Dr. H struck me as a very sweet-tempered and genuinely caring person when I first met him. This has not changed as I have gotten to know him better. When his eyes light up at the mention of his wife coming to visit, or when his voice speaks of his children’s achievements with a father’s pride, I see the ubiquitous family man. Dr. H never quite sits still. It is not unusual to hear him speak of a conference he attended, or see him trying to leave, stating “I have to go” with a sense of urgency. In these moments, I begin to understand the frustration of being confined to a wheelchair and having people tell you about the status of your health, especially when you have been a physician longer than some of them have been alive. It is not easy to transition from a busy caretaker to a dependent care-recipient.
I also regard Dr. H with a level of curiosity. I cannot imagine what it must be like to go from being a physician – intelligent, busy, and authoritative – to being a hospice patient where you depend so much on others to care for you. Your autonomy is limited and your memory fails you often. I cannot help but wonder, if there were any signs of mental decline when he was practicing, or if a patient got hurt before they realized that the doctor was not 100% himself. Even so, Dr. H is a living reminder for an aspiring physician like myself that illness and death are respecters of none. Dr. Dhruv Khullar captures this idea well in “We’re Bad at Death. Can We Talk?” when he writes, “Despite a popular misconception, doctors don’t die much differently: Physicians use hospice care and die in hospitals at rates similar to everyone else.”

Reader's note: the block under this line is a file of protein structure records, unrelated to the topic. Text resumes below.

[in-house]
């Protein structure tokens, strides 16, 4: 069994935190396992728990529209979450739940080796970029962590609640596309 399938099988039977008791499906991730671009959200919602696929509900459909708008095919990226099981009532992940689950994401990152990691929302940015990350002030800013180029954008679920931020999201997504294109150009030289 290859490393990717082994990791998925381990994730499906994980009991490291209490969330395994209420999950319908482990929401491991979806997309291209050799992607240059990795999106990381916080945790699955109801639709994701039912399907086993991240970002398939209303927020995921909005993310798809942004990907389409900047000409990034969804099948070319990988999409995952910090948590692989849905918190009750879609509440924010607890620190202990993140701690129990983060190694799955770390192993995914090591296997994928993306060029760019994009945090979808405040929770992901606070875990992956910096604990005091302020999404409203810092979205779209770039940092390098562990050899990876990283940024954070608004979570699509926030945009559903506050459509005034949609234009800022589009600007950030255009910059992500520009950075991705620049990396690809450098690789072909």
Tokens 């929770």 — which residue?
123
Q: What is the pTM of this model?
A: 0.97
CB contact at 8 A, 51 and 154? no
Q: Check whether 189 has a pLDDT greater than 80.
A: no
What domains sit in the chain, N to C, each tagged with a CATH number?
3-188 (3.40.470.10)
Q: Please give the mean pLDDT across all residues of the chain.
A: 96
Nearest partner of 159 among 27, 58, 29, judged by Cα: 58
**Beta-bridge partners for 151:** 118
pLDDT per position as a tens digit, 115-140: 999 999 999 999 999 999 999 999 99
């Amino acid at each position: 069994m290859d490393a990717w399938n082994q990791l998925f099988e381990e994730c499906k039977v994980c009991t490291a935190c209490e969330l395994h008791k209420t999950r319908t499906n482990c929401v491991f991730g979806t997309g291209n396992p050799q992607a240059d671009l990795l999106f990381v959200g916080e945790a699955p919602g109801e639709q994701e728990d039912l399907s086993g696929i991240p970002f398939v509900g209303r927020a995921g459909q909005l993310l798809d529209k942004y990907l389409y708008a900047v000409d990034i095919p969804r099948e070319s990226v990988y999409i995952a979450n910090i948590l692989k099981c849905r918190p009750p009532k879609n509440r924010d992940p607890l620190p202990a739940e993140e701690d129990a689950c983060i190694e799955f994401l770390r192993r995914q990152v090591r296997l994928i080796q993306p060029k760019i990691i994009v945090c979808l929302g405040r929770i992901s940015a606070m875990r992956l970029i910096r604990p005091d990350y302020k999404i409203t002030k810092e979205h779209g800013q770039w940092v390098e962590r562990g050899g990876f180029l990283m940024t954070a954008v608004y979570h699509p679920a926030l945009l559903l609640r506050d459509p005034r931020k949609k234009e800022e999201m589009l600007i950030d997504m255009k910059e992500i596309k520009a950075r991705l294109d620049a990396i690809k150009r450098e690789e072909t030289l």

Visiting Dr. H makes me feel like I am already a part of the health profession. I feel a small sense of pride and duty when I turn down something with the phrase, “I can’t, I have to go and see my patient.” That word, “my patient,” inspires in me a feeling of tenderness that I hope to share with many more in the course of my career.
Yet, I did not know that my experience in hospice would come in handy quite soon. A few weeks ago, my grandfather died. I called home the day he was rushed to the hospital in an ambulance – the day the doctors gave him a 10% chance of survival. Despite all I knew about DNRs and quality of life at the end of life, there was still a part of me that wanted him to hang on, even though I had personally witnessed how hard it was for him to get by every day. I realize now, that even with training and practice, no one really ever gets used to death.
Through these experiences, I have come to the conclusion that for all the lives that I am determined to help save as a physician, I have to be ready to deal with the lives that I cannot save. To have had the opportunity to prepare for that through hospice is invaluable. For this, I am grateful.